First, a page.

Hair Removal for Preteens

by Heather Montgomery

    As preteen girls enter puberty, they may begin to sprout hair in areas they would rather not, and this hair often causes self-esteem issues. But removing the hair doesn't have to be a painful process. Several different hair-removal methods are effective and can help your preteen get back her confidence. If you are uncomfortable with having your child remove unwanted hair, make sure you listen to her concerns before coming to a decision. All of these hair-removal techniques are safe for preteens when done under the supervision and guidance of an adult.


    Shaving is probably the most widely used and recognized method of removing unwanted body hair, using either an electric razor or a blade razor. When using a blade razor, it is best to do so in the shower or bath because pores are open and the water softens the skin. Using a shaving cream or lotion for lubrication and pulling the skin taut enables you to get as close to the skin surface as possible. Take care around knees, ankles and shins to avoid cutting or nicking yourself with the blade. To avoid the chance of cuts and nicks, have your preteen use an electric razor. While electric razors do not provide as close of a shave as blade razors, they are a great tool to help a beginner become comfortable with the process of shaving.


    For fast and easy hair removal, consider depilatory creams for your preteen. These creams dissolve the hair at the surface and allow you to wash or wipe away the hair. They are best used on legs, underarms and bikini areas, though special care is needed when applying the cream around genitals. If you have sensitive skin, do a test spot on your upper leg to ensure you won't have an allergic reaction. Specially formulated depilatory creams are available for the face and chin as well.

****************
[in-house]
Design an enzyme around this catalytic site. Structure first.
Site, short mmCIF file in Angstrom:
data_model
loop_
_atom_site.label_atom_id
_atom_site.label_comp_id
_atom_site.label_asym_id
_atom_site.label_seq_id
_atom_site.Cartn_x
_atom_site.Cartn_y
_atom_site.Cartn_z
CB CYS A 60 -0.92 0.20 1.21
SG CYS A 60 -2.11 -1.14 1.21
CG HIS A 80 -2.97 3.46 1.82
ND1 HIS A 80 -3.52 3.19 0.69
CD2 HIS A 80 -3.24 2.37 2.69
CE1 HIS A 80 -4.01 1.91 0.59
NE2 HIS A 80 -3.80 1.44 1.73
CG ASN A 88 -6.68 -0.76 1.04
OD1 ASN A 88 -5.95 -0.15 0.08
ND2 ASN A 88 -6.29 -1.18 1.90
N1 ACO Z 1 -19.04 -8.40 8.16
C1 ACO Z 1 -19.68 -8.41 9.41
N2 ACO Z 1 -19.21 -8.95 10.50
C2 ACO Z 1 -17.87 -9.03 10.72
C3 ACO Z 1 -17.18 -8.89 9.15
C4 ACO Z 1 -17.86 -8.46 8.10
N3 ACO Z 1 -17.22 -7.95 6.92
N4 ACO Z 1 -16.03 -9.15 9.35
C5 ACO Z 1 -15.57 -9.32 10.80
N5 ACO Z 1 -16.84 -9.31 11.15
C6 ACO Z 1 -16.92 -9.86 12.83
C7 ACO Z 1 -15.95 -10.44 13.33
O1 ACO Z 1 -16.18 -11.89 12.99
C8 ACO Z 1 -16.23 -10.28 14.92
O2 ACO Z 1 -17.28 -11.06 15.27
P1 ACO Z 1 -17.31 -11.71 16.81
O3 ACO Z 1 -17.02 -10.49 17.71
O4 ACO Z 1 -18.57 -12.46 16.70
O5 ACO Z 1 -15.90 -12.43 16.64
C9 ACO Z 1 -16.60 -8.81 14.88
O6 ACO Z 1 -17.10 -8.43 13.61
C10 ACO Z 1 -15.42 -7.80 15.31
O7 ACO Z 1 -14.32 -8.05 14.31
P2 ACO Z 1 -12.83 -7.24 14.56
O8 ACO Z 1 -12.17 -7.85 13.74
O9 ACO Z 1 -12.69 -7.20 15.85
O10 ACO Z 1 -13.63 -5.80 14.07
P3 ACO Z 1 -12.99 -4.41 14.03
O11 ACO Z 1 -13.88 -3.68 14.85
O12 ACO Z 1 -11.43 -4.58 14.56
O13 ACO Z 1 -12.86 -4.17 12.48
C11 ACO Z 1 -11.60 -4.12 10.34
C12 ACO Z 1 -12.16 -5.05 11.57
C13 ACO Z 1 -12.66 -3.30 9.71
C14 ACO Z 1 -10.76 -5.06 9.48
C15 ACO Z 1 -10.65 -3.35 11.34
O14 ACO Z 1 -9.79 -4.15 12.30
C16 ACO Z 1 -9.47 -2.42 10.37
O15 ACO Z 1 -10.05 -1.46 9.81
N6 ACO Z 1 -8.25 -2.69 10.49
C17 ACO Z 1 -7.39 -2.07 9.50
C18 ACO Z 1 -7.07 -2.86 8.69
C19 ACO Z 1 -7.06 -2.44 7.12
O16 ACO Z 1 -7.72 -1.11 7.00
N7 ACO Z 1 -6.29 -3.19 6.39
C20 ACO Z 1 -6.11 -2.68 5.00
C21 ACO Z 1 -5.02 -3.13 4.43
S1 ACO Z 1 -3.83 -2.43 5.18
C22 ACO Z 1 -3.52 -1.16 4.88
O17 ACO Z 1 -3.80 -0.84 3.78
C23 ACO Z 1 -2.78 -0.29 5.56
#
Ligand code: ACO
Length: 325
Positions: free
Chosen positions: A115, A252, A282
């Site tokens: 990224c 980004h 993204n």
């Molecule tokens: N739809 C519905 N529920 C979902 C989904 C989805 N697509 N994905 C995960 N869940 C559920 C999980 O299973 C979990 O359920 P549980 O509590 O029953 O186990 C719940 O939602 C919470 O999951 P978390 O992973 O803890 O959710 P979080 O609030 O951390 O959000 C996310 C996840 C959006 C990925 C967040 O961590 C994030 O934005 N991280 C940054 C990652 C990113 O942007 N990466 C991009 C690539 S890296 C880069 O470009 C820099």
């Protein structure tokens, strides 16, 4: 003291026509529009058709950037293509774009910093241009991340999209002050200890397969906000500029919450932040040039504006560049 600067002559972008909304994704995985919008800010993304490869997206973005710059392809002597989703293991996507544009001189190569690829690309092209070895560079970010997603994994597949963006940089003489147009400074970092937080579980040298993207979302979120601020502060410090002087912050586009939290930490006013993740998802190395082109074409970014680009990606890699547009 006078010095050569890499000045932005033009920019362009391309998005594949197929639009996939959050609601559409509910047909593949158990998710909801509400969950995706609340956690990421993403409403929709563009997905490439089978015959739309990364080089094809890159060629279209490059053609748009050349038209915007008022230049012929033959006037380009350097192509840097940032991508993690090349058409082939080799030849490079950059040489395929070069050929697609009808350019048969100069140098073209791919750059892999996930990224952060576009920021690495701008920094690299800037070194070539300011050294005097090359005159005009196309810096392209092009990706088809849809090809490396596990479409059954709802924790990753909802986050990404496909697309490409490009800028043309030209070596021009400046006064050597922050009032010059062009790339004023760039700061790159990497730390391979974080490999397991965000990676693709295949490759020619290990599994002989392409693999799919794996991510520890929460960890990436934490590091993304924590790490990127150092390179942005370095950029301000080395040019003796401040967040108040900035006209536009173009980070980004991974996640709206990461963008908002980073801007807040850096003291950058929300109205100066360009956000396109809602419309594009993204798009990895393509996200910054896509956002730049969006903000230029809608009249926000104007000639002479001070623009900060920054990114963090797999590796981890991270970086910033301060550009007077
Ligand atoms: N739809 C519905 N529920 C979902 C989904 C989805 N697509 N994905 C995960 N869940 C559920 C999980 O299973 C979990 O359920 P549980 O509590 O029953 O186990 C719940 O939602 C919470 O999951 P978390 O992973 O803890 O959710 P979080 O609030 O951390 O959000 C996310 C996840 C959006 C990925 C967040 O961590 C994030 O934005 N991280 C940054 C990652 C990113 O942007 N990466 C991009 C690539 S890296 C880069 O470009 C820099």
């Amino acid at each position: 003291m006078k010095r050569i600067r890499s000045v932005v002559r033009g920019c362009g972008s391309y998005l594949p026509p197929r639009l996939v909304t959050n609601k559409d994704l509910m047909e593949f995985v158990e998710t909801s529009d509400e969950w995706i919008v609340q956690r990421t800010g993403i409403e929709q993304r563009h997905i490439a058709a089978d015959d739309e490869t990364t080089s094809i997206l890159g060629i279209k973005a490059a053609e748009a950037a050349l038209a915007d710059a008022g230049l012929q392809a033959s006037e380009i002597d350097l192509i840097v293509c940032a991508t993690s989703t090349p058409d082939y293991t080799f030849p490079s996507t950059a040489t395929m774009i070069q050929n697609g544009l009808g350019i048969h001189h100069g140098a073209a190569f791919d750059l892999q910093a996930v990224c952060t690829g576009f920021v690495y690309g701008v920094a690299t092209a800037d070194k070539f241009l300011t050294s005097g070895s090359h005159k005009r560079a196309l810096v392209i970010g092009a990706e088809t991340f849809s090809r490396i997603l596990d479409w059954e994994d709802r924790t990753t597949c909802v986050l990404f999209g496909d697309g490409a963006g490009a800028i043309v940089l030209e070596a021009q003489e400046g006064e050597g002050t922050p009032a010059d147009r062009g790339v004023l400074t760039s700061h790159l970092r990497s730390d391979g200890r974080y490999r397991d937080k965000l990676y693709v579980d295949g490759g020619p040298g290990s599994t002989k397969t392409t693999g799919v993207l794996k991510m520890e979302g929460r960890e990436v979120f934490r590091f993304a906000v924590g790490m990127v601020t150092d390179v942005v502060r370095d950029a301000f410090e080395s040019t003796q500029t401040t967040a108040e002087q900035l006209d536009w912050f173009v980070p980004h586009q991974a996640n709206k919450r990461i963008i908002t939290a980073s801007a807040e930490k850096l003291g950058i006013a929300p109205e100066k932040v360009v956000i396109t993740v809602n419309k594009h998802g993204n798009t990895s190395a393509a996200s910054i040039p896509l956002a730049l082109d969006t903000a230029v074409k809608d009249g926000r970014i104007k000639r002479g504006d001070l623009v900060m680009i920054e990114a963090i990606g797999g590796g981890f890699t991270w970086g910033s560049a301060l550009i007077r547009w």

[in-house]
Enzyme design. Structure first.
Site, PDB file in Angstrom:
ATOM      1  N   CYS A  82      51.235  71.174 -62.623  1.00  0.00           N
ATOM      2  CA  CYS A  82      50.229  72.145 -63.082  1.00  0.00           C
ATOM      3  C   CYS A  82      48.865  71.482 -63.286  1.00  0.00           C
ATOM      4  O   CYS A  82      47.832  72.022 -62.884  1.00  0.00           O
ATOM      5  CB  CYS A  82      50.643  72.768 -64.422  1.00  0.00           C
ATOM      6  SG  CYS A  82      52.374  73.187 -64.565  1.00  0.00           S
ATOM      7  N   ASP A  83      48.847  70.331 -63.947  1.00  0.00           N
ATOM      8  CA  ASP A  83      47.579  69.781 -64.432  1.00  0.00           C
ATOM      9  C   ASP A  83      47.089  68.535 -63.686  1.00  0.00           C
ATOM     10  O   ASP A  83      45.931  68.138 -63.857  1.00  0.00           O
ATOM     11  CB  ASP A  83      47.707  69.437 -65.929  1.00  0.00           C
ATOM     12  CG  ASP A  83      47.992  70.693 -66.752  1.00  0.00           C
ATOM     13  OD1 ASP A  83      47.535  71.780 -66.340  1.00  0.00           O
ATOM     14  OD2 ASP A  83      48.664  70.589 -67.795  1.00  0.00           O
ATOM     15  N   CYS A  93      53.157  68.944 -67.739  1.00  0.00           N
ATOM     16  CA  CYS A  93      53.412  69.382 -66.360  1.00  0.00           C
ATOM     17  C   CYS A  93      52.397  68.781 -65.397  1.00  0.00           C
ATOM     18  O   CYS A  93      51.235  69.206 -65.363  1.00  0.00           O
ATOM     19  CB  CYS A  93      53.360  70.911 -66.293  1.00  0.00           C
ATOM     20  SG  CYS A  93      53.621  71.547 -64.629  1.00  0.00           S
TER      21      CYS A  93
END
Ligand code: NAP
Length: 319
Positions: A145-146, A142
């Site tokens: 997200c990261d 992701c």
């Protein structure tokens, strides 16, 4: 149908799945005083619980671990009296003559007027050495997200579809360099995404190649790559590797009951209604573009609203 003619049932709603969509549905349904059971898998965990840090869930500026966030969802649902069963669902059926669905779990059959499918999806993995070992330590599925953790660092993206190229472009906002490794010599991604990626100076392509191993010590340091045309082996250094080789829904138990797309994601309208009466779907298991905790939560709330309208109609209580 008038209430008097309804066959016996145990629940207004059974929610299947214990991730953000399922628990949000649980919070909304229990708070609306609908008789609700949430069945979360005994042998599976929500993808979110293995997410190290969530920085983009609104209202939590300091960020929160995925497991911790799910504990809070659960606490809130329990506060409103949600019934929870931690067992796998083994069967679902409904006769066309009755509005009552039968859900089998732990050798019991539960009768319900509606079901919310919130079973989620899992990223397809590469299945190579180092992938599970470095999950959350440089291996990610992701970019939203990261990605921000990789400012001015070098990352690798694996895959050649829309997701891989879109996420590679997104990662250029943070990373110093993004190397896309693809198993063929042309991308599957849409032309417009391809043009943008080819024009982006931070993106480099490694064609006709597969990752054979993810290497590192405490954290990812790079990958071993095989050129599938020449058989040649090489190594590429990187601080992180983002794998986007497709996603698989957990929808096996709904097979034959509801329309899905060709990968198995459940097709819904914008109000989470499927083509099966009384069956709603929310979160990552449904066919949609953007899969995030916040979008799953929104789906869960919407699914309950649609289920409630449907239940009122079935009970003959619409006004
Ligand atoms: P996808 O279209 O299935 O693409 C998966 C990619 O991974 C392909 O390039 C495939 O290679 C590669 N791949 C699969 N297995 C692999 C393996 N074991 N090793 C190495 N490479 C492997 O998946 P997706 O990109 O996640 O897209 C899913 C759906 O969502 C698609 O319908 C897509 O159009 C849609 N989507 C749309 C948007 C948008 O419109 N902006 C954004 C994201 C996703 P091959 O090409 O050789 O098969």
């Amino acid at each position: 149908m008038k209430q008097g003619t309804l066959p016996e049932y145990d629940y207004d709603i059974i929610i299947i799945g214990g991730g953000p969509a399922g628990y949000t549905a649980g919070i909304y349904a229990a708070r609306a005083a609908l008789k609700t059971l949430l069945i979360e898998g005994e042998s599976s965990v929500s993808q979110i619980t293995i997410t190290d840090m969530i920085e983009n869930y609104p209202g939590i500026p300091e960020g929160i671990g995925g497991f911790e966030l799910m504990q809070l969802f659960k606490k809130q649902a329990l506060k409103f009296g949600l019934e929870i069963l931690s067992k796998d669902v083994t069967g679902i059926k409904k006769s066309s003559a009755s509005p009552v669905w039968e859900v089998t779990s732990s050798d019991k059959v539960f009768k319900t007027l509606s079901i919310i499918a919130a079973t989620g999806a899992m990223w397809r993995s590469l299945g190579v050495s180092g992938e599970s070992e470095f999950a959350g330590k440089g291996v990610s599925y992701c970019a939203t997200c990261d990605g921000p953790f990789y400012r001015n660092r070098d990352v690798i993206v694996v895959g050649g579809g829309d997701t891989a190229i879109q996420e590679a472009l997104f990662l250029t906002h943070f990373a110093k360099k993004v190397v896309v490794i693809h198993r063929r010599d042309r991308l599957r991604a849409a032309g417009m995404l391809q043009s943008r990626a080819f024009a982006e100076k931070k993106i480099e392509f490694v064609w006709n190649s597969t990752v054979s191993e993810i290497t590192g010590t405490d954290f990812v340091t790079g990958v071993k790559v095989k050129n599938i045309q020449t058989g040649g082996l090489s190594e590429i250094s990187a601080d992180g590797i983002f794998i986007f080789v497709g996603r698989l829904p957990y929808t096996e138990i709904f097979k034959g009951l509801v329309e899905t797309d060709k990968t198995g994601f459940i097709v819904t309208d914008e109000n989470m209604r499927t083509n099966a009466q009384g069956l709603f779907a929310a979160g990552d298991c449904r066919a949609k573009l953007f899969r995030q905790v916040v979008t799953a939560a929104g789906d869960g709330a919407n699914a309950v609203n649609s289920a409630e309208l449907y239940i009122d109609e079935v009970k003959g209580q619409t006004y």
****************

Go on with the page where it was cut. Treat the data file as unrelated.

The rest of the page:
Plucking is an effective way to remove hair from the chin and eyebrow area, but it is painful. Consider having your eyebrows shaped by a professional first and then using tweezers to keep them clean and shaped. Applying a hot towel over the eyebrow prior to tweezing can minimize some of the pain.


    Waxing is one of the longer-lasting hair-removal options. It is best to have your arms, legs, bikini area or eyebrows waxed by a professional to minimize the pain and chance of ingrown hairs and bruising. Waxing removes the hair at the roots and may result in finer, lighter hair regrowth.


    While bleaching does not remove hair from the body, it does lighten the offending hair to make it less noticeable. Bleaching involves the use of chemicals that lighten the hair, so it may not be successful on darker skin complexions because the hair may actually be more noticeable when bleached. Bleaching creams should never be used on the genitals or pubic hair. Test an area of skin to determine if there is a reaction before beginning. Bleaching should only be done with the supervision of an adult.

    Laser Hair Removal and Electrolysis

    Laser hair removal and electrolysis are also options for hair removal. While these methods are meant to be permanent, and are generally safe for a preteen, additional treatments may be necessary as your child goes through puberty. Both of these methods involve treating hair growth at the follicle and can involve some pain and discomfort. Due to the high costs -- and the chance that the hair may return during puberty -- permanent hair removal may not be the best option for a preteen.


    Hair growth is normal in preteens as they enter puberty. However, coarse, dark and hard-to-remove hair around the chin and face in preteen girls may indicate a medical condition and should be evaluated by a doctor.

    About the Author

    Based in Lakeland, FL., Heather Montgomery has been writing a popular celebrity parenting blog and several parenting and relationship articles since 2011. Her work also appears on eHow and Everyday Family and she focuses her writing on topics about parenting, crafts, education and family relationships. She is pursuing a Bachelor of Science in early education from Fort Hays State University.

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